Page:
Ada Lovelace: The First Computer Programmer (Ada Lovelace Biography)


What if I told you the world’s “first
computer programmer” was born over two hundred years ago? And, what if that programmer was a she. Lady Ada Lovelace was her name — and her
genius was nearly lost to history. Daughter to the famous Romantic poet Lord
Byron, Ada was almost relegated as a footnote in her father’s biography. In the nineteenth century, at the height of
the industrial revolution, she was pushed into the male dominion of mathematics and
science by her zealot mother. Mentored by the “father of the computer,”
she emerged as a woman far ahead of her time in her ability to see what could be. Not your typical aristocratic lady, part of
Ada’s story holds a shadowy secret. And, on her deathbed, her last wish speaks
volumes. Today on Biographics we explore the “Enchantress
of Number,” Ada Lovelace. Early Life Ada Lovelace was born Augusta Ada Byron in
London on December 10, 1815 to the philandering Romantic poet Lord Byron and strictly religious
Annabella Milbanke. Ada was Lord Byron’s only legitimate child. Lord and Lady Byron were members of the high
British society. Beyond social status, they shared virtually
nothing in common. Annabella was analytical and conformist while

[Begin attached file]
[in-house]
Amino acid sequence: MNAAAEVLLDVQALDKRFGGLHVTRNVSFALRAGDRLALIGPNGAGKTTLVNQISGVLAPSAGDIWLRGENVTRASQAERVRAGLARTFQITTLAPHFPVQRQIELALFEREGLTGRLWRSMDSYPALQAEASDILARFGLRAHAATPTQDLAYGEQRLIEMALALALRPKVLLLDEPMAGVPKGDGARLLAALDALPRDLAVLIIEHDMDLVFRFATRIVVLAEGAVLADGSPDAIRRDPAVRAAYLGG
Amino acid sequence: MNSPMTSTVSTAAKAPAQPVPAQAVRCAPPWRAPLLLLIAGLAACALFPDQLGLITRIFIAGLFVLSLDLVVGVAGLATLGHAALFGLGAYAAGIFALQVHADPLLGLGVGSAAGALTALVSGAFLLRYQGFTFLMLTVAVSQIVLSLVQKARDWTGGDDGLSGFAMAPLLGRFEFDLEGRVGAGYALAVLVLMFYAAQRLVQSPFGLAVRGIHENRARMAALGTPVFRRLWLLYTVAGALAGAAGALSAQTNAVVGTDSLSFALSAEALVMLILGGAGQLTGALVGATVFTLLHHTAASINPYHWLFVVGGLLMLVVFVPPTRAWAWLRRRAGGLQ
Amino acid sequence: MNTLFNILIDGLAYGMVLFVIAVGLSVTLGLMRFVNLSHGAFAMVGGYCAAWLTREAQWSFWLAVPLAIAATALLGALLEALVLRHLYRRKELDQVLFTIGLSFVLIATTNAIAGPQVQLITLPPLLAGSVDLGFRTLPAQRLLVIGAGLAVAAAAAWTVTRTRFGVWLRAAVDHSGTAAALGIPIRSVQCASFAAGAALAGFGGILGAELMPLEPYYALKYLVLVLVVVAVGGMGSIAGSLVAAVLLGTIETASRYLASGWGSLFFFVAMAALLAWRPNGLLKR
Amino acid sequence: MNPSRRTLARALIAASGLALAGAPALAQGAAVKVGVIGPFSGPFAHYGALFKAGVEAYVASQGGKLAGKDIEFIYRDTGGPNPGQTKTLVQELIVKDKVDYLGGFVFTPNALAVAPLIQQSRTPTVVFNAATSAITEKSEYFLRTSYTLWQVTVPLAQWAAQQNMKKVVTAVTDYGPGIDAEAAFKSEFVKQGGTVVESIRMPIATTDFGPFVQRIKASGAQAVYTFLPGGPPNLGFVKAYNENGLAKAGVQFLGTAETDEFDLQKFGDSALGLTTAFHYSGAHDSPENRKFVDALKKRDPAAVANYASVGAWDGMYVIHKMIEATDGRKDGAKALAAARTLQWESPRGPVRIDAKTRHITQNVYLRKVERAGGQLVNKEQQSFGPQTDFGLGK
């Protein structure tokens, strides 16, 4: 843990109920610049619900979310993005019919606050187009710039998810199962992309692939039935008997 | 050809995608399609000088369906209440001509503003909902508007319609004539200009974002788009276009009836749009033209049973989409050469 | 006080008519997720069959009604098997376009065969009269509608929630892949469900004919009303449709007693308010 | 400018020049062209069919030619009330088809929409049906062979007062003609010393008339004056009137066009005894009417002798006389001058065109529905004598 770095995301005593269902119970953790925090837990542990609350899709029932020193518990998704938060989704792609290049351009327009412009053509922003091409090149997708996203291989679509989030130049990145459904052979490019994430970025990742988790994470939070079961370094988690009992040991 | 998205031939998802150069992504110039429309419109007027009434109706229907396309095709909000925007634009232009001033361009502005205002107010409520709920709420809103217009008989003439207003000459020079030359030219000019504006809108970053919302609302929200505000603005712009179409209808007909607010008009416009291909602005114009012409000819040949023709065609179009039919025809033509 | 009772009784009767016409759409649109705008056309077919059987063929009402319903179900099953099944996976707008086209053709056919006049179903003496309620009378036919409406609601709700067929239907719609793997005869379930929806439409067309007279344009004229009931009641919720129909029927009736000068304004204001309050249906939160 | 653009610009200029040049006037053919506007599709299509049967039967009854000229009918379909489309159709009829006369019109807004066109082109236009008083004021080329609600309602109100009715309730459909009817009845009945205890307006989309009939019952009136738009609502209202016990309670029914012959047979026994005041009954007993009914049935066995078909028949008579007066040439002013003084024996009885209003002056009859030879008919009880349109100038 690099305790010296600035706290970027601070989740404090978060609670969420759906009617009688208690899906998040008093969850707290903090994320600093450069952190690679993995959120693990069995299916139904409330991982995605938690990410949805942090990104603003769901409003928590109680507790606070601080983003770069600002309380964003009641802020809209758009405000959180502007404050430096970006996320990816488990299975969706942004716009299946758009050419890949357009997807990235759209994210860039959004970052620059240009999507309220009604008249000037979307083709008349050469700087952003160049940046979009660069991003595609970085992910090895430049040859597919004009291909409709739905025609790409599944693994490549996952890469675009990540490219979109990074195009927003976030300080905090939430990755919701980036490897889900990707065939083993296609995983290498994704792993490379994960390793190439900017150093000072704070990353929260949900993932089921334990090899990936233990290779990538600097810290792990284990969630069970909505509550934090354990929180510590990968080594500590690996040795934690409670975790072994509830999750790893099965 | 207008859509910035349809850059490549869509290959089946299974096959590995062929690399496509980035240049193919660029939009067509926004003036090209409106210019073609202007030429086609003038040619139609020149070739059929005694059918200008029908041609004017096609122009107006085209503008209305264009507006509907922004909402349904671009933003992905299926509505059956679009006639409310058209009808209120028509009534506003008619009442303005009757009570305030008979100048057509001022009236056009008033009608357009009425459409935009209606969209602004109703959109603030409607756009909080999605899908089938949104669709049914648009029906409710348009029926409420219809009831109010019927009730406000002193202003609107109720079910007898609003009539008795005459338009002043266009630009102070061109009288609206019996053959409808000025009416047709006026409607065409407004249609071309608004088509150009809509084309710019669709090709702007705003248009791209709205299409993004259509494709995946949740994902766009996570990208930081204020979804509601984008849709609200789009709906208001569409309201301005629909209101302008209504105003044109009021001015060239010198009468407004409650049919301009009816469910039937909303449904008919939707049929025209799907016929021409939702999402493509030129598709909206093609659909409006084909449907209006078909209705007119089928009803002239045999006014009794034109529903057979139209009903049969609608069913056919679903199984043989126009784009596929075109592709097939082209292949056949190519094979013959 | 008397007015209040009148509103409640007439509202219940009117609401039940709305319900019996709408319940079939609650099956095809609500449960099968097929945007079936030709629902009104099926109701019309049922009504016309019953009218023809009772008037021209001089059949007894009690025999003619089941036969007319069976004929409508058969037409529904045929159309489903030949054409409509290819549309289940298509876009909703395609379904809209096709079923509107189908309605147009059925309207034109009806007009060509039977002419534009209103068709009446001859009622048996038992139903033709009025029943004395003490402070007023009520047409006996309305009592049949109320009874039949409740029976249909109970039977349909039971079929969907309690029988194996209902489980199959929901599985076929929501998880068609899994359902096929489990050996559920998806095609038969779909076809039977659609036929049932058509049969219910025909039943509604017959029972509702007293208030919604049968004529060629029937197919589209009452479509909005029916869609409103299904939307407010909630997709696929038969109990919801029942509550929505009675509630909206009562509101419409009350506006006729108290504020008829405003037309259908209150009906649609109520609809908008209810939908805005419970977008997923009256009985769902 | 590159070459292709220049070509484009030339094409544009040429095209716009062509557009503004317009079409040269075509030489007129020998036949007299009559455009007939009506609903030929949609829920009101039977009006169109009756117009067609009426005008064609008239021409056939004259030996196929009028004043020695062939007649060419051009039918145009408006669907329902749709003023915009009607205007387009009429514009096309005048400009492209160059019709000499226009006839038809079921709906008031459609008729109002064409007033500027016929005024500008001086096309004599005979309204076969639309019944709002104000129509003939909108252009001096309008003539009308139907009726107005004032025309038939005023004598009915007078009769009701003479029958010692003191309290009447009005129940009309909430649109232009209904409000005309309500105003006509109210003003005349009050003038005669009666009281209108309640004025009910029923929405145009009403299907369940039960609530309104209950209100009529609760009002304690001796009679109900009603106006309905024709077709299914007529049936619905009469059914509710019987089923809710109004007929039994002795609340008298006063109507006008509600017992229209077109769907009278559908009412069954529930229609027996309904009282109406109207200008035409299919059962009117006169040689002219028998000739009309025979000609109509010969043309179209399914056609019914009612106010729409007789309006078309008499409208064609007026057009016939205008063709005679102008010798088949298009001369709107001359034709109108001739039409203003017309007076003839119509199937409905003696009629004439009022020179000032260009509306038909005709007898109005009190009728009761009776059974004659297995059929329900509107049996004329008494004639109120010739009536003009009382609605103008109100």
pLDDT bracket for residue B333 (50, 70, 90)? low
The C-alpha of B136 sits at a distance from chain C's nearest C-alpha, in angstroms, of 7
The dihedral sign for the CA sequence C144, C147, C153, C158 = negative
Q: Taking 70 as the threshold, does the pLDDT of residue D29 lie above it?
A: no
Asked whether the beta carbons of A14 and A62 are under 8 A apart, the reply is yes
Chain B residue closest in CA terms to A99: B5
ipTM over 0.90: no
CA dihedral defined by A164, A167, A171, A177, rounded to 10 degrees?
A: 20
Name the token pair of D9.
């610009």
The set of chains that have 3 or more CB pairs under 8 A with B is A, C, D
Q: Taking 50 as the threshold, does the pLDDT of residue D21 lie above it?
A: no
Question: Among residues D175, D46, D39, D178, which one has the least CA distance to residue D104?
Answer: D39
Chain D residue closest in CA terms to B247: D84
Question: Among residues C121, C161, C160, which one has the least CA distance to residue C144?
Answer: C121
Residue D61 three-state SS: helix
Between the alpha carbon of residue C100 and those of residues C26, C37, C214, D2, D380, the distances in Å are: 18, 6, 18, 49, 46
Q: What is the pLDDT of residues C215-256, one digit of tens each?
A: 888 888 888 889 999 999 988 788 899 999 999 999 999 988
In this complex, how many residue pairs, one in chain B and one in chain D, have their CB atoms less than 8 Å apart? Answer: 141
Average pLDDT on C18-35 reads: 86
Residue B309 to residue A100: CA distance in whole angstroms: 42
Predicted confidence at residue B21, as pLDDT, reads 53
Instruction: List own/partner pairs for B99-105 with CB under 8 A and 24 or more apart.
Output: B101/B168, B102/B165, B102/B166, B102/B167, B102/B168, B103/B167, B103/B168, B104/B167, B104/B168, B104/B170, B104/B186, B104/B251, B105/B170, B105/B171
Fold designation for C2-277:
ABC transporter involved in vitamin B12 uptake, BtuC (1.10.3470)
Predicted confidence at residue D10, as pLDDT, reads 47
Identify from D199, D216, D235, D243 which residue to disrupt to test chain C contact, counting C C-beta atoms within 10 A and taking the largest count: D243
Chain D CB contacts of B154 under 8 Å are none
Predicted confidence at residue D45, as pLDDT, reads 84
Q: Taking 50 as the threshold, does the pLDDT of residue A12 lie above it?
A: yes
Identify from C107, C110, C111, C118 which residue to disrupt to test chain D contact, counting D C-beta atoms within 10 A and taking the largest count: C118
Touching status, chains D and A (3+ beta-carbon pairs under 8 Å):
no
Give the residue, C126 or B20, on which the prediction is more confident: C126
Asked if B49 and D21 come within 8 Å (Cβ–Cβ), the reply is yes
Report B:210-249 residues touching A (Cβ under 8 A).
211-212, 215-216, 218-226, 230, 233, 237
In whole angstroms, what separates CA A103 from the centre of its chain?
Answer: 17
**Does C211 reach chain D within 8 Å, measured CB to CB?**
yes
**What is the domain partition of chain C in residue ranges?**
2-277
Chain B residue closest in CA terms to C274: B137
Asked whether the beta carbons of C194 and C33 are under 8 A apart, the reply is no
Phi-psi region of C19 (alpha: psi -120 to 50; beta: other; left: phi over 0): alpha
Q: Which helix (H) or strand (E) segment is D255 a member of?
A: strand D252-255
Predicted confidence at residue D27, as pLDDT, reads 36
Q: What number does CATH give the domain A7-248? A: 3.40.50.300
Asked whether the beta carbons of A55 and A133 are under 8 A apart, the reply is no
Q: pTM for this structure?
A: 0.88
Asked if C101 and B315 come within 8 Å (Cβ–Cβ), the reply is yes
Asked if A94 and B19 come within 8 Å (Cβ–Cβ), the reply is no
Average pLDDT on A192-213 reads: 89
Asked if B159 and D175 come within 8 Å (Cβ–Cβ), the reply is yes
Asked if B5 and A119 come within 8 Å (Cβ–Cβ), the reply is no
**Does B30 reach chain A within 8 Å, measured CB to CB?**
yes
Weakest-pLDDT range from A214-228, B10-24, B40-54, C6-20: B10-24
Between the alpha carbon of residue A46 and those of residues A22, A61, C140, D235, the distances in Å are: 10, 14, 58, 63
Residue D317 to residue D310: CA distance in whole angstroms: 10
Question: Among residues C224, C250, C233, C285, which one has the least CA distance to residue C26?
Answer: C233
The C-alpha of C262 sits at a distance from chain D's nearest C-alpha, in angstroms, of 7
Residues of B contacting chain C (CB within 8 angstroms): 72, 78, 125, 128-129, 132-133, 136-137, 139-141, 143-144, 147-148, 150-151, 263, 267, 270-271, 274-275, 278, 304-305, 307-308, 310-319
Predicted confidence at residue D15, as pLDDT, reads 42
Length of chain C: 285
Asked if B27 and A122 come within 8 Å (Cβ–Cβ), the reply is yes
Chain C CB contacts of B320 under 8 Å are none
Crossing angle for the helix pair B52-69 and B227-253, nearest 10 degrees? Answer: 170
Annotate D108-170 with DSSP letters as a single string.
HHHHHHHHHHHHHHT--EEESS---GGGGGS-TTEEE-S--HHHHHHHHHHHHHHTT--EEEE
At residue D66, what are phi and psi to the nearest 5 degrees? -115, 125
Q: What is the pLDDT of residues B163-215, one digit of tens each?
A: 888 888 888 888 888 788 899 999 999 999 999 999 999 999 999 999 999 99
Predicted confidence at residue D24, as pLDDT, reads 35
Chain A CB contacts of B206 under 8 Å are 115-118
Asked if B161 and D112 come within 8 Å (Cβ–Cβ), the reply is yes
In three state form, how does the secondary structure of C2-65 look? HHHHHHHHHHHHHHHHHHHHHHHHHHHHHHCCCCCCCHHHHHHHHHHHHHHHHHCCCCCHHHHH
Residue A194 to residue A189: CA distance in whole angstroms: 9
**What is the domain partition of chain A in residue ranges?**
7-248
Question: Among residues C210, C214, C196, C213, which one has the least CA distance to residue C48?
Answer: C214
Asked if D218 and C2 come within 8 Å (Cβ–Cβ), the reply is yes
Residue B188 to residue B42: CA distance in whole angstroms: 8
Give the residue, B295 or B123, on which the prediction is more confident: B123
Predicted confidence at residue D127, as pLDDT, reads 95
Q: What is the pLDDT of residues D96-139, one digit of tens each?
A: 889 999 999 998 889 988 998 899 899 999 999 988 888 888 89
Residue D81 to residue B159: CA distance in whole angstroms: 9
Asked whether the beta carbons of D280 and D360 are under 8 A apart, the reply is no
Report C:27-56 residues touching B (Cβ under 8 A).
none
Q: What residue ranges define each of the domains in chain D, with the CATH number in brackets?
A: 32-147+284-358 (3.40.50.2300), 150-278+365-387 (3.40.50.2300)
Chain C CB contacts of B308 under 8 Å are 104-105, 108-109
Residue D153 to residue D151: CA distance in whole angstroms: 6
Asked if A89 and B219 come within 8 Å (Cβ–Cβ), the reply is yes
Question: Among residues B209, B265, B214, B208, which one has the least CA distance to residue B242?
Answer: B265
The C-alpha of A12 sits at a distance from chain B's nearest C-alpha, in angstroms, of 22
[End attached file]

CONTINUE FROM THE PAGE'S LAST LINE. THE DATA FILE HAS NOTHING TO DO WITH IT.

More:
Lord Byron cared little for numbers and logic. True, he was a celebrated and adored poet,
yet his behavior raised more than a few eyebrows. He was known to drink from a human skull,
own a pet bear, and engage in numerous love affairs with both men and women. One notorious scandal involved an affair with
his own half-sister. A scorned lover once said of Lord Byron, he
was “mad, bad, and dangerous to know.” Not surprisingly, Annabella and Lord Byron’s
marriage did not last beyond a year. In a contemptuous split when Ada was only
five weeks old, Lord Byron left the home. He wrote of this parting, “Is thy face like
thy mother’s my fair child! ADA! sole daughter of my house and heart?” Deeply bitter and resentful, Lady Annabella
covered his portrait with a large curtain and forbade Ada from ever looking at it. Four months after Lord Byron left his infant
daughter he left England for good, never to return. When Ada was eight years old, he died of an
illness in Greece while fighting in the war of independence. He was 36 years old. Although Ada never met her father, she remained
fascinated with him and his poetry over the course of her life. Annabella was determined to steer her daughter
away from developing her father’s “volatile poetic insanity” as she called it. She truly believed Lord Byron was mentally
ill. Almost to the brink of fanaticism, Annabella
saw to it that Ada received an education rigorous in mathematics and science. This was a rather unusual course of study
for girls in British Victorian society even if Annabella herself was gifted in math. Byron referred to her as the “Princess of
Parallelograms.” Popular opinion of the time favored one of
Ada’s later tutors and brilliant mathematician, Augustus De Morgan, who believed women were
incapable of excelling in the discipline. On the one hand, De Morgan acknowledged Ada’s
abilities yet in a letter to her mother he wrote, “The very great tension of mind which
they require is beyond the strength of a woman’s physical power of application.” Basically meaning, women were incapable because